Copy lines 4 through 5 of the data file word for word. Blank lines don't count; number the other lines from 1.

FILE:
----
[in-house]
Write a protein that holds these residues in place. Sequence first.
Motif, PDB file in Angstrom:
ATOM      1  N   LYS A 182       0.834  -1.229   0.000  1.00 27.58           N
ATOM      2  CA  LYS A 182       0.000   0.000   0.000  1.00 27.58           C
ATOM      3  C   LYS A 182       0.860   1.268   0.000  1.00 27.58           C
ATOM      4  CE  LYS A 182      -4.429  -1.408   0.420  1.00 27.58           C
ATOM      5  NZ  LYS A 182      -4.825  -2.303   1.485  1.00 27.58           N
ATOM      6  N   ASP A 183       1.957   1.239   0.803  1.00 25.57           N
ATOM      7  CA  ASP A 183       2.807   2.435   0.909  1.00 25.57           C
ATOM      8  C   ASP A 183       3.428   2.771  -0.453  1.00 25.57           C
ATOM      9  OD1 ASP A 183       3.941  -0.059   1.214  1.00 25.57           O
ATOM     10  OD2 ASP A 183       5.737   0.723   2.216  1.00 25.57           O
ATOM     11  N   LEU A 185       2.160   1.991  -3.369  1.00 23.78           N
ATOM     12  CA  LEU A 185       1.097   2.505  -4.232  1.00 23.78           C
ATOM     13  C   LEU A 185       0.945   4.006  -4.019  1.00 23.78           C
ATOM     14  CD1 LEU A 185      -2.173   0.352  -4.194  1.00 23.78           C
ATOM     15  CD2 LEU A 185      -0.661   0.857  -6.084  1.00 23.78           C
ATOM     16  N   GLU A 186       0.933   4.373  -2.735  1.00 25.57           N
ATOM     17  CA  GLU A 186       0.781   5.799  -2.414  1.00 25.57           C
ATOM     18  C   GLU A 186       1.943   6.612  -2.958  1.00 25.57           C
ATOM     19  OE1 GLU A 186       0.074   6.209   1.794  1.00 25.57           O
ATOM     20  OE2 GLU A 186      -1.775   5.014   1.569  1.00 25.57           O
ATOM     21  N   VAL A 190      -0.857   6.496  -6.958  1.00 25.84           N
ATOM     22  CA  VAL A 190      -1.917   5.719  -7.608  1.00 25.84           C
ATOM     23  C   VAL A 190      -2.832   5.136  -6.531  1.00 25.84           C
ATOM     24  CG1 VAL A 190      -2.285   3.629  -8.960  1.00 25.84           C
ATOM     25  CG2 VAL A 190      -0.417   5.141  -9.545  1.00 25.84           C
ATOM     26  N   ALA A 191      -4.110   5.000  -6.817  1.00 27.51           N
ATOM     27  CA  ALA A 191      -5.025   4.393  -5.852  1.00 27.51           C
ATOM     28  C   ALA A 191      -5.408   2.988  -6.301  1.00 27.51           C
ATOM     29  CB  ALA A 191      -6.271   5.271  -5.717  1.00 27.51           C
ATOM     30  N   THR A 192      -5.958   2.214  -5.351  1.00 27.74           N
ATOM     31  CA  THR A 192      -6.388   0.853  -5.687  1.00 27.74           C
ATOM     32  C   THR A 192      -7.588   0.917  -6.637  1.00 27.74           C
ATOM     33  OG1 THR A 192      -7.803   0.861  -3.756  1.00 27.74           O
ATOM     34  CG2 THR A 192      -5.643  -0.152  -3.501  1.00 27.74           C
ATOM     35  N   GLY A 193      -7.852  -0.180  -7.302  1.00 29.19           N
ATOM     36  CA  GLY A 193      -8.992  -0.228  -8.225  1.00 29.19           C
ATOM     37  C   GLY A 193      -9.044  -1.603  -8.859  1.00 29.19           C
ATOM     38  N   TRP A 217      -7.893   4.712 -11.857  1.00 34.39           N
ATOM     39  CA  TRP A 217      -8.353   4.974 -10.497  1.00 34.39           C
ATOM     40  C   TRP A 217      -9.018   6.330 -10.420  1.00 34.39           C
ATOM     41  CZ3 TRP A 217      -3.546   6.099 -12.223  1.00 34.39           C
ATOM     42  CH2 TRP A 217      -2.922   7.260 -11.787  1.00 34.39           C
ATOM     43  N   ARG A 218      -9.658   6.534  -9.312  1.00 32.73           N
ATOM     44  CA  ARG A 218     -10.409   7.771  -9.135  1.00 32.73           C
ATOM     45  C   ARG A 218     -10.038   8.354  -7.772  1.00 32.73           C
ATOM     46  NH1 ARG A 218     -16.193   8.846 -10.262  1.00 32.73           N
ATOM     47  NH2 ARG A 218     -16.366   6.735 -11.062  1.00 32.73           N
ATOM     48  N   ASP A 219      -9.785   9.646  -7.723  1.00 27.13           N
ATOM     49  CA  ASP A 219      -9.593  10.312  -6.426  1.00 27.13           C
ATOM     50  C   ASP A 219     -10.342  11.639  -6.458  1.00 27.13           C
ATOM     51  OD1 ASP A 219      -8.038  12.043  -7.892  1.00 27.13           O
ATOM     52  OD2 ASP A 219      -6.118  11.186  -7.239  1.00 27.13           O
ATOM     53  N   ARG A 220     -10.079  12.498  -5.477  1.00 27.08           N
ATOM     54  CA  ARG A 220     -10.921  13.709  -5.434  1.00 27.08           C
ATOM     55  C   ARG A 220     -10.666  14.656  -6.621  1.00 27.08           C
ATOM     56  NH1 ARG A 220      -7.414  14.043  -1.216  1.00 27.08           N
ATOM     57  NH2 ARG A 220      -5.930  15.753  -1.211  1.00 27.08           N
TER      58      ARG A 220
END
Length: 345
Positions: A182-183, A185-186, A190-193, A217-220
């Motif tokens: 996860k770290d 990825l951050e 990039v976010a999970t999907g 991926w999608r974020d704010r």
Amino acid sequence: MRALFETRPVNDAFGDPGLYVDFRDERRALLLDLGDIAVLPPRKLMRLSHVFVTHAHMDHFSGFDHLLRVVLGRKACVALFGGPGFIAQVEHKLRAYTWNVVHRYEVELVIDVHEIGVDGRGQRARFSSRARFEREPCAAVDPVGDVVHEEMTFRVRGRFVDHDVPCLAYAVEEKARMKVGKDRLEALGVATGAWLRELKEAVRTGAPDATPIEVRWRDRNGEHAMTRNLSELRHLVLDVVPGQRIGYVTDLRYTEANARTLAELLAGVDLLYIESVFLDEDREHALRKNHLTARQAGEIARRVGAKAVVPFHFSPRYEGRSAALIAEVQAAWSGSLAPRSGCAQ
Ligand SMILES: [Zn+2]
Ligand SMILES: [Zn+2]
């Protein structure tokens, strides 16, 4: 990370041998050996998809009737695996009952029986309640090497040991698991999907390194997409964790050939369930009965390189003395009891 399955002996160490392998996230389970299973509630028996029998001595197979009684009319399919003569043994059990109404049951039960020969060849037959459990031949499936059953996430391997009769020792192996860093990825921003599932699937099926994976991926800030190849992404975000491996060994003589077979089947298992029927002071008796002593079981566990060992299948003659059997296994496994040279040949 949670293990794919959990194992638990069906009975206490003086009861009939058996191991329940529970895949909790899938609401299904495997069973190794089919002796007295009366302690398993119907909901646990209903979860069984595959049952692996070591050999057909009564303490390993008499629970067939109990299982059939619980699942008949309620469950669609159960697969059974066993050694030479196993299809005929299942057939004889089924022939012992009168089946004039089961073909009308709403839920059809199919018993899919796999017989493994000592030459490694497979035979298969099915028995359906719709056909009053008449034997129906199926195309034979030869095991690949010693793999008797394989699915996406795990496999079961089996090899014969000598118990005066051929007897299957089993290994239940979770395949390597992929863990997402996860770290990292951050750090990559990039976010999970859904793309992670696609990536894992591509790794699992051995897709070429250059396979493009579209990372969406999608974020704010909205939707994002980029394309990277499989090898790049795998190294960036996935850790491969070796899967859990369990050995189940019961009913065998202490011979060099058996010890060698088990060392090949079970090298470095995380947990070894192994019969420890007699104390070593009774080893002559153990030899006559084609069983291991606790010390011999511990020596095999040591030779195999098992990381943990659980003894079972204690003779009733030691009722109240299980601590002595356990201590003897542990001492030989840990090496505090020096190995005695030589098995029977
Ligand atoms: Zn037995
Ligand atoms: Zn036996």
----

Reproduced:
ATOM      1  N   LYS A 182       0.834  -1.229   0.000  1.00 27.58           N
ATOM      2  CA  LYS A 182       0.000   0.000   0.000  1.00 27.58           C